That hasn’t stopped him from trying to resurrect the dream of a Mexican American Motown, re-releasing classic albums, making the music digitally available in scores of countries and signing new acts.

He knows it won’t be easy. But he believes it’s his destiny.

“I figured I’m going to try to be the guy, even if I end up homeless.”

::

Gonzalez is sitting in his Rampart Records office in a squat stucco cottage in Santa Fe Springs, across the street from a gentleman’s club and conjoined to a smog-testing business.

It’s a cave of an office, about the size of a cruise ship cabin, packed with vintage Vox amplifiers, recording equipment, vinyl albums, master tapes and promotional material from the ’60s and ’70s, and random toys like the monster from Ridley Scott’s sci-fi classic “Alien.” A promotional pamphlet Davis conjured up in 1970 proclaims: “The Sound of a New Generation, Chicanos are Happening!”

The office doubles as his home, with a fridge and a sink. In a back room, an over sized guitar — or guitarron — hangs over his bed, along with a poster of Robert De Niro from “Taxi Driver” and a painting of the Virgin Mary holding the baby Jesus. He likes to work on his music at night, when the noise outside on Norwalk Boulevard ebbs.

Nothing in the office suggests that a would-be music mogul occupies it except Gonzalez’s energy. Stocky, with a robust mustache and a baseball cap, Gonzalez drives a pale olive green ’65 Thunderbird with a rust-marbled top and talks in fast superlatives.

“My whole thing was to keep the legacy and the voice of the Mexican American going,” he says. “The musical voice of us.”

Gonzalez is telling the story of how he met Davis, a music impresario who was a former child actor turned restaurant owner. Davis had started his career as a music mogul in the late 1950s, producing both black and white artists. As a child his family moved to Boyle Heights, and by the early 1960s, he was a committed producer of Mexican American rock.

It was a good time to do this. Ritchie Valens had inspired many young Mexican Americans, and elsewhere, other Mexican American acts were making their mark, including Michigan’s Question Mark and the Mysterians (“96 Tears”) and Sam the Sham and the Pharaohs (“Wooly Bully”).

Gonzalez had never heard of Davis while growing up in South L.A. and then Bell. But after starting a soul band with some friends, he began to ask older musicians for advice on breaking out, and they told him to go find Eddie Davis. He tried, but it wasn’t easy.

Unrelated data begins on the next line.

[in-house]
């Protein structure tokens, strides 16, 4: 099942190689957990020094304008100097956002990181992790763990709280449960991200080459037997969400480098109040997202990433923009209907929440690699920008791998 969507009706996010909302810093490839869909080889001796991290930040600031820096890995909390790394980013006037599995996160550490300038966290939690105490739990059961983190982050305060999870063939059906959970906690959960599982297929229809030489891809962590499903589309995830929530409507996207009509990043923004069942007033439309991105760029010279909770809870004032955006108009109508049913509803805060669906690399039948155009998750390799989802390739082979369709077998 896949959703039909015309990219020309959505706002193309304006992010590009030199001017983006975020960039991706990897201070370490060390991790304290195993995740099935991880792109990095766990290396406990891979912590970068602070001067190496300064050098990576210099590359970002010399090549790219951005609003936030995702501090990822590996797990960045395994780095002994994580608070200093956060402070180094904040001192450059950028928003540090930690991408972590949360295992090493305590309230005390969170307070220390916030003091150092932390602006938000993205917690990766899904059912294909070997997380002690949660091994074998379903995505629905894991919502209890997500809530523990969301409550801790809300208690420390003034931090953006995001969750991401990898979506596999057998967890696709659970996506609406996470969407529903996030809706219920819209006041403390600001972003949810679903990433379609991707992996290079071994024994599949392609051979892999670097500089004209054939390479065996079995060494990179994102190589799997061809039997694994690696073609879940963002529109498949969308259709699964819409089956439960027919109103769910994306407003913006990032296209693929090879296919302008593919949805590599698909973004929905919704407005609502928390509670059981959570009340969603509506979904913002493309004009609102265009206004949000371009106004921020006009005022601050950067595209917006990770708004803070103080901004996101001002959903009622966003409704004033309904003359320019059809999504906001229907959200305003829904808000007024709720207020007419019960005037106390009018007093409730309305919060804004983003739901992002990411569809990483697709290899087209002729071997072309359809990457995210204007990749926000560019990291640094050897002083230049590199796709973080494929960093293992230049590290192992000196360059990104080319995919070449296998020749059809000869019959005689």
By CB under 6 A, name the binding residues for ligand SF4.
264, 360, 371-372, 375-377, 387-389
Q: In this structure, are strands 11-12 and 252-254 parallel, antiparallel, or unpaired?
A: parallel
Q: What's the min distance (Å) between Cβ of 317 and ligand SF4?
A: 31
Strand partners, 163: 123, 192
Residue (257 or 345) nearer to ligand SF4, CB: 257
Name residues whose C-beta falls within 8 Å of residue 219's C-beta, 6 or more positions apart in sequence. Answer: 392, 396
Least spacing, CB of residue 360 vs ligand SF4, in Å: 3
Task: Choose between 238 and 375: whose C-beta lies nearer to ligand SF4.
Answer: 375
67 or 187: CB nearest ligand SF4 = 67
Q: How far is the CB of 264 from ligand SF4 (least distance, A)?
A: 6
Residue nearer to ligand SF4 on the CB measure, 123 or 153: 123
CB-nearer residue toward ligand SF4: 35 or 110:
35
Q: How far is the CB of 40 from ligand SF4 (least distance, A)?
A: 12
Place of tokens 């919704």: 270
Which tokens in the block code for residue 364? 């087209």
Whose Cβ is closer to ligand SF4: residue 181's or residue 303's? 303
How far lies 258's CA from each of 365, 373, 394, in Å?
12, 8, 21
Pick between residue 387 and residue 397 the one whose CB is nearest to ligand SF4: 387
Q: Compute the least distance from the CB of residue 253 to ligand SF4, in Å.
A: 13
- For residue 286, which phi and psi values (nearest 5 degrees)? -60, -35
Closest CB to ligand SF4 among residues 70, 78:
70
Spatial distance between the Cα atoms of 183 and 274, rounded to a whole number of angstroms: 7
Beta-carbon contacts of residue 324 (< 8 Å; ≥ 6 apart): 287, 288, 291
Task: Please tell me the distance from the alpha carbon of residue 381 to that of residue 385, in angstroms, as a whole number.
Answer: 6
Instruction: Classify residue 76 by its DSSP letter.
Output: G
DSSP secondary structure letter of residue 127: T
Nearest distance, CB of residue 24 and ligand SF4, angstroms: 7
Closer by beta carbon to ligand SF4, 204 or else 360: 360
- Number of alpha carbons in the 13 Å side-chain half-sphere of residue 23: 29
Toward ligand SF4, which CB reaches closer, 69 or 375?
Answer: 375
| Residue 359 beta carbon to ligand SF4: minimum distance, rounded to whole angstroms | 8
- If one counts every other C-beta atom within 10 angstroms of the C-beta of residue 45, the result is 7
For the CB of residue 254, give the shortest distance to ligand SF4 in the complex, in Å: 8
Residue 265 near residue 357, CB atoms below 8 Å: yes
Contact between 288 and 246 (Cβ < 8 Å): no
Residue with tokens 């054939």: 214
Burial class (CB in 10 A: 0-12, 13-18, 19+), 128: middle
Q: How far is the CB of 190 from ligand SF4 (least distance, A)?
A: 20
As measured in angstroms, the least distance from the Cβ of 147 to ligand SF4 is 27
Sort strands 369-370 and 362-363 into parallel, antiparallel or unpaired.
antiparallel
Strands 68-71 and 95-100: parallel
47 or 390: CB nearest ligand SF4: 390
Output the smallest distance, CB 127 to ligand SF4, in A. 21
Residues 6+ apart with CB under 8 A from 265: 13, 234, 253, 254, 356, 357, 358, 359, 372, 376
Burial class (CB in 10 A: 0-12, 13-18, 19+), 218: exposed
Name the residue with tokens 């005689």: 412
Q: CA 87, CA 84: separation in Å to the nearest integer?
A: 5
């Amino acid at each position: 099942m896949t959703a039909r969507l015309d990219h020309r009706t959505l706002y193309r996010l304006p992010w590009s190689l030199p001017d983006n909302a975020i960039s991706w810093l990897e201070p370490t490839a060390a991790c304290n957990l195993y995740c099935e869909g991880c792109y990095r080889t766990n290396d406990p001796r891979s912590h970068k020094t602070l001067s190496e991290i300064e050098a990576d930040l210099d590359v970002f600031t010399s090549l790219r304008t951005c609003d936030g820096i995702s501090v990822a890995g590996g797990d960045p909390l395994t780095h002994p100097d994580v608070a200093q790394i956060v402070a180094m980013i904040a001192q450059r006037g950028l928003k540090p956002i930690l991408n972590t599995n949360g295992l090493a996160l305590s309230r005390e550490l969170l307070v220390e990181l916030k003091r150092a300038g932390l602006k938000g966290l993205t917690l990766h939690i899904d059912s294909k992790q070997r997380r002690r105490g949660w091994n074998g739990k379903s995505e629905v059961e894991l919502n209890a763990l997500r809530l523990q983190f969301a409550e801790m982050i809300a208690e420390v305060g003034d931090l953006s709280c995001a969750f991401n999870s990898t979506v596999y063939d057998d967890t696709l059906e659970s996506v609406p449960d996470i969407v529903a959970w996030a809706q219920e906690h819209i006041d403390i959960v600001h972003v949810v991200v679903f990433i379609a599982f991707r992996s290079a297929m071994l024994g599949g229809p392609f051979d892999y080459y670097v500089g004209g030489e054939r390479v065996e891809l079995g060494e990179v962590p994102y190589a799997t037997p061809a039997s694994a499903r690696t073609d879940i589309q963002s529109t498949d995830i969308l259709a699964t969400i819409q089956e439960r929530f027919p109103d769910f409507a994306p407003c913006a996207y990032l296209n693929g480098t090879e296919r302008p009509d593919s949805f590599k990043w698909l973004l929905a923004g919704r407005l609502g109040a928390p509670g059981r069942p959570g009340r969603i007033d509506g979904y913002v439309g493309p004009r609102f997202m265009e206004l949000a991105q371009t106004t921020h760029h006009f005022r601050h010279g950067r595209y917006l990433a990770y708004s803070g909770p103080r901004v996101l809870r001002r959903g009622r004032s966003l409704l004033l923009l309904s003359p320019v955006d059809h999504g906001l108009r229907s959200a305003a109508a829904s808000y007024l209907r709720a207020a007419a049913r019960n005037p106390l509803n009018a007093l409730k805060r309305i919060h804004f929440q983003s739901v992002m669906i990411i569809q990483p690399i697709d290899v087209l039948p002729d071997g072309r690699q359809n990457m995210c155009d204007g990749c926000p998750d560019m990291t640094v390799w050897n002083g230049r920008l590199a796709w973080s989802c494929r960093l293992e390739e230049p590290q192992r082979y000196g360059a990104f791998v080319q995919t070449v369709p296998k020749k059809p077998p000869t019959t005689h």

“I went through the Yellow Pages. It was impossible to find him,” Gonzalez says. “Finally, I found him. He was under Record Manufacturer. He had an office in Hollywood.”

 

http://www.crnlive.com/CRNBlog/index.php/2013/01/eastside-record-label-still-spinning-out-the-music/

Last Updated on Saturday, 19 January 2013 04:00
 
Katt Williams & Suge Knight Detained by Police, Cited for Parking Violation PDF Print E-mail
Written by Staff   
Friday, 21 December 2012 14:14

For Katt Williams, it's another day, another encounter with police.

But this time around, there was no arrest involved.

A spokeswoman for the West Hollywood Police Department tells E! News the 39-year-old comic was detained by authorities on Thursday night for parking too close to a fire hydrant. He was subsequently given a citation.

Katt Williams busted in Seattle after bar fight

Music producer Suge Knight, who was with Katt at the time, was also detained and received a citation for outstanding parking tickets.

Earlier this month, Katt was arrested in Seattle following a bar fight. The incident came less than two months after the Friday after next star was taken into custody by Los Angeles police and detained on a gun violation, but no charges were filed and he was released. A few weeks later, Williams was collared on suspicion of assault with a deadly weapon after allegedly hitting an 18-year-old man on the head with a bottle.

Meanwhile, Williams recently announced he is retiring from stand-up comedy

Last Updated on Friday, 21 December 2012 14:20
 
The Black History Month Parade PDF Print E-mail
Written by Staff   
Friday, 18 January 2013 15:22